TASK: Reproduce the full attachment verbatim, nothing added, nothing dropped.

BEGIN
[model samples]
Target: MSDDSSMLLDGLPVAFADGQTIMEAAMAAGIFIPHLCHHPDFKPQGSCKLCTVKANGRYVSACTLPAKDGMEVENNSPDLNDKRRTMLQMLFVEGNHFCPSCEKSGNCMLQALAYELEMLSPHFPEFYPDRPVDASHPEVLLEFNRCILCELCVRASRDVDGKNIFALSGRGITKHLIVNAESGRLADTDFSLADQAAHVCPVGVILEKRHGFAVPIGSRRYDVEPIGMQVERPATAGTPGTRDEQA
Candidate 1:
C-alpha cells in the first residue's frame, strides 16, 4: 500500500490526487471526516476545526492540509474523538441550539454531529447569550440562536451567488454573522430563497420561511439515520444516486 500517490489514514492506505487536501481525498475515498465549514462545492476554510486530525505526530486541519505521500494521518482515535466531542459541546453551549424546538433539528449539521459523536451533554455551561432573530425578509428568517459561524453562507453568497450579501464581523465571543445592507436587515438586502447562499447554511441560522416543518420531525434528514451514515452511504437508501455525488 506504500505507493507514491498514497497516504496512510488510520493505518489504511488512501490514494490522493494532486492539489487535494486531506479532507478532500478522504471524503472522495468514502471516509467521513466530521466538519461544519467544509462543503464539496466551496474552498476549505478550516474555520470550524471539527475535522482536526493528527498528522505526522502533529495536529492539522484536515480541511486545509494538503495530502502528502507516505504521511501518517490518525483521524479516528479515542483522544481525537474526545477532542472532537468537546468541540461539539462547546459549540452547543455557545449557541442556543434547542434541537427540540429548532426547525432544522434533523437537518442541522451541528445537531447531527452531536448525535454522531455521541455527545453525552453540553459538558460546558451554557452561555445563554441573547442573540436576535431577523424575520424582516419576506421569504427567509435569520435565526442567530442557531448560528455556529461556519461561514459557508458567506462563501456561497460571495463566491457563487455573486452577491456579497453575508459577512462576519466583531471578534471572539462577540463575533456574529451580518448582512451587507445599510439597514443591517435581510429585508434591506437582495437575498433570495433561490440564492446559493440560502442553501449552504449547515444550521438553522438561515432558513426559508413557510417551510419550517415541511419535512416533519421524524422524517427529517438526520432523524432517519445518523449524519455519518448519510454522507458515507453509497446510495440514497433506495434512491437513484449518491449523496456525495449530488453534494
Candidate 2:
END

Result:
[model samples]
Target: MSDDSSMLLDGLPVAFADGQTIMEAAMAAGIFIPHLCHHPDFKPQGSCKLCTVKANGRYVSACTLPAKDGMEVENNSPDLNDKRRTMLQMLFVEGNHFCPSCEKSGNCMLQALAYELEMLSPHFPEFYPDRPVDASHPEVLLEFNRCILCELCVRASRDVDGKNIFALSGRGITKHLIVNAESGRLADTDFSLADQAAHVCPVGVILEKRHGFAVPIGSRRYDVEPIGMQVERPATAGTPGTRDEQA
Candidate 1:
C-alpha cells in the first residue's frame, strides 16, 4: 500500500490526487471526516476545526492540509474523538441550539454531529447569550440562536451567488454573522430563497420561511439515520444516486 500517490489514514492506505487536501481525498475515498465549514462545492476554510486530525505526530486541519505521500494521518482515535466531542459541546453551549424546538433539528449539521459523536451533554455551561432573530425578509428568517459561524453562507453568497450579501464581523465571543445592507436587515438586502447562499447554511441560522416543518420531525434528514451514515452511504437508501455525488 506504500505507493507514491498514497497516504496512510488510520493505518489504511488512501490514494490522493494532486492539489487535494486531506479532507478532500478522504471524503472522495468514502471516509467521513466530521466538519461544519467544509462543503464539496466551496474552498476549505478550516474555520470550524471539527475535522482536526493528527498528522505526522502533529495536529492539522484536515480541511486545509494538503495530502502528502507516505504521511501518517490518525483521524479516528479515542483522544481525537474526545477532542472532537468537546468541540461539539462547546459549540452547543455557545449557541442556543434547542434541537427540540429548532426547525432544522434533523437537518442541522451541528445537531447531527452531536448525535454522531455521541455527545453525552453540553459538558460546558451554557452561555445563554441573547442573540436576535431577523424575520424582516419576506421569504427567509435569520435565526442567530442557531448560528455556529461556519461561514459557508458567506462563501456561497460571495463566491457563487455573486452577491456579497453575508459577512462576519466583531471578534471572539462577540463575533456574529451580518448582512451587507445599510439597514443591517435581510429585508434591506437582495437575498433570495433561490440564492446559493440560502442553501449552504449547515444550521438553522438561515432558513426559508413557510417551510419550517415541511419535512416533519421524524422524517427529517438526520432523524432517519445518523449524519455519518448519510454522507458515507453509497446510495440514497433506495434512491437513484449518491449523496456525495449530488453534494
Candidate 2: